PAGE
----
Bandcamp’s outer limits continue to be a rewarding place for psychedelia, experimental club, noise, vaporwave, and the wholly uncategorizable. In each edition of Acid Test, Miles Bowe explores its far reaches to dig up hidden gems and obscure oddities. This February, we highlight a psychedelic duo unearthing their lost early recordings, a unique collection of piano compositions and a compilation of lullabies that rethinking the form in eerie new ways.
Compact Disc (CD)
Spain-based duo Mondo Lava have released some of the most enjoyable and labyrinthine psychedelic music of the last decade. Their latest release, Mondi Perdutti, expands that timeline by collecting lost tracks from between 2006 and 2013—unveiling a mostly undiscovered era of the band. These range from epic zones like “Owl Bear’s Gazebo” or the 16-minute “Temple Portal” to shorter highlights like the playful Donkey Kong Country-inspired shuffle of “Jungle Top” or the beautifully crunchy “City Noise.” In a nice surprise, the album’s penultimate track “Parrot Head Cartridge Demo” hints at what would come, while retroactively providing a title track to their 2014 Hausu Mountain breakthrough. That album was also billed as a compilation of sorts, but just as those ramshackle recordings gelled into an excellent debut, Mondi Perdutti is another brilliantly cohesive release, providing a window into the most primordial period of Mondo Lava.
Megan Alice Clune
Australian composer Megan Alice Clune’s new album Furtive Glances, builds a series of glimmering piano improvisations on an unusual foundation. Using old phone recordings Clune made between teaching students, or while warming up to write, her gentle edits and subtle embellishments imbue each piece with a quiet wonder. Across each breathtakingly intimate moment of Furtive Glances, Clune creates a sense of space and then transforms it completely.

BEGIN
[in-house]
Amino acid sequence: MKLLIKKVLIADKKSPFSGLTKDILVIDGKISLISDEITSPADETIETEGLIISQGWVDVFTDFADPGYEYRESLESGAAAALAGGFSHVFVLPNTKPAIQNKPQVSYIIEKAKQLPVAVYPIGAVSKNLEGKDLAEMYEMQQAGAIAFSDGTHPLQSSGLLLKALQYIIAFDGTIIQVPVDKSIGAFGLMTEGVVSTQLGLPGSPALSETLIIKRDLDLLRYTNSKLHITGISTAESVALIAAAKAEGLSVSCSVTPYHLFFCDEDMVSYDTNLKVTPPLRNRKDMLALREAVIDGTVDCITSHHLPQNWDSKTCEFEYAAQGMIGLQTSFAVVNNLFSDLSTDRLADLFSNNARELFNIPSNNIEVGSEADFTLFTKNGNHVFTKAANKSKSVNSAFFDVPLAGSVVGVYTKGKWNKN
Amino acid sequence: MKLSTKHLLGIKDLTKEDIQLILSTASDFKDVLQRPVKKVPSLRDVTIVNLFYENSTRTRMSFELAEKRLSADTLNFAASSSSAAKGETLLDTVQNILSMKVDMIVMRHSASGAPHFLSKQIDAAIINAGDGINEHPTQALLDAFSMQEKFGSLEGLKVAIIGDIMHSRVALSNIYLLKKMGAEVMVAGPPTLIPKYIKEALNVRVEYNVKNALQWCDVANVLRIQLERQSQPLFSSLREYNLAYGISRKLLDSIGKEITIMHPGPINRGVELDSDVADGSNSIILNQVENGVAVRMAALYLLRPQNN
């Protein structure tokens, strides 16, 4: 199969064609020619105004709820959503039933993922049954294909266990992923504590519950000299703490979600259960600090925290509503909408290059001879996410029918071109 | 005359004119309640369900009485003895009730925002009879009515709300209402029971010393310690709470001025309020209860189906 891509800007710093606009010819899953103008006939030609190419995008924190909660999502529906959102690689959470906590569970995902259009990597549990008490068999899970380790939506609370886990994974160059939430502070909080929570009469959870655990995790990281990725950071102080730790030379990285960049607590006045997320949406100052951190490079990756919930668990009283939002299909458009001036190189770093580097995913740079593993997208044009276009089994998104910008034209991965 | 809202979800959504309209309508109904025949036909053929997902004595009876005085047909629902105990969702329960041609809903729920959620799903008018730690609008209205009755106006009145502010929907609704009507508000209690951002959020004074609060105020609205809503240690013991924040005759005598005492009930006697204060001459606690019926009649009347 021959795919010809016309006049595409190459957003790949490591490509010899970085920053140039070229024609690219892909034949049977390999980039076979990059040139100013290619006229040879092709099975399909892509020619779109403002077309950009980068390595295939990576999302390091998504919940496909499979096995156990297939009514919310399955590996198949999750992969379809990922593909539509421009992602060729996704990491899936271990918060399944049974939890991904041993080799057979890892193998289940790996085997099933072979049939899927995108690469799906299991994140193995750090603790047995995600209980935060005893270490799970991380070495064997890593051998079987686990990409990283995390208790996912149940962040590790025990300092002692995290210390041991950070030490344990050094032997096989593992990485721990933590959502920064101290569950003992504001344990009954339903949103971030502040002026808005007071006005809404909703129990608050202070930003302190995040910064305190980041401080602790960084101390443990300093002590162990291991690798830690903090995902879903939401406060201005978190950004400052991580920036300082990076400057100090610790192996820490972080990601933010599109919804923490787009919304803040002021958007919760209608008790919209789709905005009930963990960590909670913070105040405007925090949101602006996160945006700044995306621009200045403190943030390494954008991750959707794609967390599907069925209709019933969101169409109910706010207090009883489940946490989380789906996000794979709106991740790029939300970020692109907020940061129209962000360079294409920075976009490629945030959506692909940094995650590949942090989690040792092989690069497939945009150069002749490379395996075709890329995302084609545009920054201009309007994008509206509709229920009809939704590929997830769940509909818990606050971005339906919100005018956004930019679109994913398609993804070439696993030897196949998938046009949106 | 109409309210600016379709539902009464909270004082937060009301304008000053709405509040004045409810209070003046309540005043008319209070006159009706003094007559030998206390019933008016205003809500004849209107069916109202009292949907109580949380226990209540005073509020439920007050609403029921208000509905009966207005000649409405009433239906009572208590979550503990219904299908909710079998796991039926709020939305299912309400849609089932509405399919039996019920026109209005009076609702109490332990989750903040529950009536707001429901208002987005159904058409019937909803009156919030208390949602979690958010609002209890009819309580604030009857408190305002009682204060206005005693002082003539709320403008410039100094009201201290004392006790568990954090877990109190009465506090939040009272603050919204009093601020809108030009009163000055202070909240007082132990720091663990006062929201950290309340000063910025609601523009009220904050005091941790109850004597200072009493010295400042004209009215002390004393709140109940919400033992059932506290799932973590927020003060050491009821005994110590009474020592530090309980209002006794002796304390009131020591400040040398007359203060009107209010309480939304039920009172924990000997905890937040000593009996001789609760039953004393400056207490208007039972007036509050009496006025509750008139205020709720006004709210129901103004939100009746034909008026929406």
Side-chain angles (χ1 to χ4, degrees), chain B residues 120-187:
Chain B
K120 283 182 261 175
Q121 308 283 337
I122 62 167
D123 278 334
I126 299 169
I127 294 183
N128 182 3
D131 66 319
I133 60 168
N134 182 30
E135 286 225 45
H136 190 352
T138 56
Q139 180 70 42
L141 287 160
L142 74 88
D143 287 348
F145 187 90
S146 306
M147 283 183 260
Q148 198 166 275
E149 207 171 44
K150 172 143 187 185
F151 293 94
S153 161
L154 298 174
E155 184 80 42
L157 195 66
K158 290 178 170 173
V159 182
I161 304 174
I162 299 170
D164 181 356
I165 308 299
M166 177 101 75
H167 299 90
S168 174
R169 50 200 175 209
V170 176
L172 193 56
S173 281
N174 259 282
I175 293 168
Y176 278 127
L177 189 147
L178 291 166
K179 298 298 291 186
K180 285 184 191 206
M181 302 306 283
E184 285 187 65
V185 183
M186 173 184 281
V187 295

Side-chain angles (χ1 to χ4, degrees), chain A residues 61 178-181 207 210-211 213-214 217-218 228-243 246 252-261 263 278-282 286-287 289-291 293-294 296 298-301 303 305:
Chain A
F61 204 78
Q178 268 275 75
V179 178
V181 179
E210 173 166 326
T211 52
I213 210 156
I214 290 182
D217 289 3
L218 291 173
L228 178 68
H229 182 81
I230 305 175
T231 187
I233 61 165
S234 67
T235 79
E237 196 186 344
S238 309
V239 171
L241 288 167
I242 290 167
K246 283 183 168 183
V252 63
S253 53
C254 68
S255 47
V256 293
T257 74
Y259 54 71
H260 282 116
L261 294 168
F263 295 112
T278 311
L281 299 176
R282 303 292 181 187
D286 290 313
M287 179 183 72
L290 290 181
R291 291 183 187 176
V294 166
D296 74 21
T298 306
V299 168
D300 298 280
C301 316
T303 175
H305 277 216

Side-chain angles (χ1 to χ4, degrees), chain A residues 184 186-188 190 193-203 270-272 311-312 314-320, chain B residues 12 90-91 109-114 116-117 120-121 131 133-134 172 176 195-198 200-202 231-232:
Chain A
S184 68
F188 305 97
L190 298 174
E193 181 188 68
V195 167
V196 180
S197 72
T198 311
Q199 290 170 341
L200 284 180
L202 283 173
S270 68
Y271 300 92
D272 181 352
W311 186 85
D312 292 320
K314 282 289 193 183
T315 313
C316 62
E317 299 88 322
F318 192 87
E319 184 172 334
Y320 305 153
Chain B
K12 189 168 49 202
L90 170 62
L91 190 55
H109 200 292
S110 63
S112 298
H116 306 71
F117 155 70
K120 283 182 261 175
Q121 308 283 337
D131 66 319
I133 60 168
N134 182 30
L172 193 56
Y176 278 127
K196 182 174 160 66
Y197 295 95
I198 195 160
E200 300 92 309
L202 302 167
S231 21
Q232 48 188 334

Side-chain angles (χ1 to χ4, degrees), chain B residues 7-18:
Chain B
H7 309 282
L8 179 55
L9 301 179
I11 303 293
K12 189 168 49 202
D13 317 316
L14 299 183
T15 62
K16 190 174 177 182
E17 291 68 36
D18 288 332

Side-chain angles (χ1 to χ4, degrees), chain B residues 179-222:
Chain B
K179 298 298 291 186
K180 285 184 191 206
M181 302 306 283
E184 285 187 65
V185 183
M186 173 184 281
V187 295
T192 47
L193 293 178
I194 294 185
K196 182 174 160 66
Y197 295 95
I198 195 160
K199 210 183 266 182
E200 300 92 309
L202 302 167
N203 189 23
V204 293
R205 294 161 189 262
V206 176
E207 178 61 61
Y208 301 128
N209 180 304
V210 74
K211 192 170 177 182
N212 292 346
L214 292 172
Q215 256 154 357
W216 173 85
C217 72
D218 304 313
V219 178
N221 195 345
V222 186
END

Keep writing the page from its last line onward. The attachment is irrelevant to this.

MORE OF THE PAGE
The Notional Pastures of Imaginary Softwoods
John Elliott taps into a vein of gold on The Notional Pastures of Imaginary Softwoods, a particularly melodious installment in his Imaginary Softwoods project. Opening with the dreamy highlights of the Zelda-like “Parterre” and the bright, arpeggiated “North of Roswell,” Notional Pastures then slopes into a valley of intense atmosphere with the cosmic “Diagram of the Universe.” It signals a darker shift captured in the drifting twinkle of “Portable Void” and the 8-minute foggy soundscape “Almond Branch” before Elliott gradually guides us back to the sun. In the brief, beautiful closer “Bronze Lamp,” Elliott’s slowly folding synths feel even more cathartic in the wake of the music that preceded it.
NOW PRINTING traces a decade of rarities and one-off compilation tracks across producer Robin Burnett’s various monikers, capturing plenty of hidden gems beyond just the pioneering vaporwave project Internet Club. The highlights range widely from a twinkly mini-suite of “Mall Jams” to the shower of noise and CD-skipping pop on Datavis’s “You Should Become Real” and ECCO UNLIMITED’s fragmented untitled drone, which flows into the brief, beguiling “tragicomedy” by memorex dawn. That variety nicely sets up the back half of the collection which nests what feels like an entire Internet Club album, giving NOW PRINTING a uniquely disorienting flow.
Legendary experimental outfit Wolf Eyes have been on a streak for the ages, putting out some of their best material in years at a relentless rate. That trend continues with Difficult Messages, a collection of rare collaborations that feels like an essential document of Wolf Eyes ability to transform and transcend over the years. While you can look up the exact collaborators—John Olson and Nate Young are joined by Alex Moskos, Gretchen Gonzales, Aaron Dilloway, and Raven Chacon in various lineups like Stare Case, Wolf Raven, or U Eye Trio—it’s more fun to approach the album knowing less. It only adds to the surprise when you don’t see the bluesy psych rock of Short Hands’ “Dank Boone” or the grinding drum machine jam of Time Designers coming. Difficult Messages bounces between Wolf Eyes eras and thrills like a Tales From The Crypt comic compendium, but it leaves you with a cohesive sense of Olson and Young’s generosity and commitment to playing music with other people.
This ghostly compilation from the UK label Xquisite Releases, which collects a series of “lullabies,” was released to raise money in support of the women’s rights organization IKWRO, as well as for earthquake relief in Turkey and Syria. Each of the artists finds unique and absorbing ways to define a “lullaby.” Some favor an acoustic approach—oxhy’s tender guitar on “flower crown” or Sokora’s brittle, haunting “Happy Holidays”—while others embrace electronics in varied ways. The eerie synths and stilted drum machines of Lolina’s “XL” is an immediate highlight—a lullaby for a neon-drenched street. Meanwhile, the ominous sound design and breathy vocals of Cecilia’s “Strip” contrasts perfectly with Ladonna’s starry “Shadows.” The result is a fantastically layered collection that may not put you to sleep, but feels perfectly tuned for late-night listening.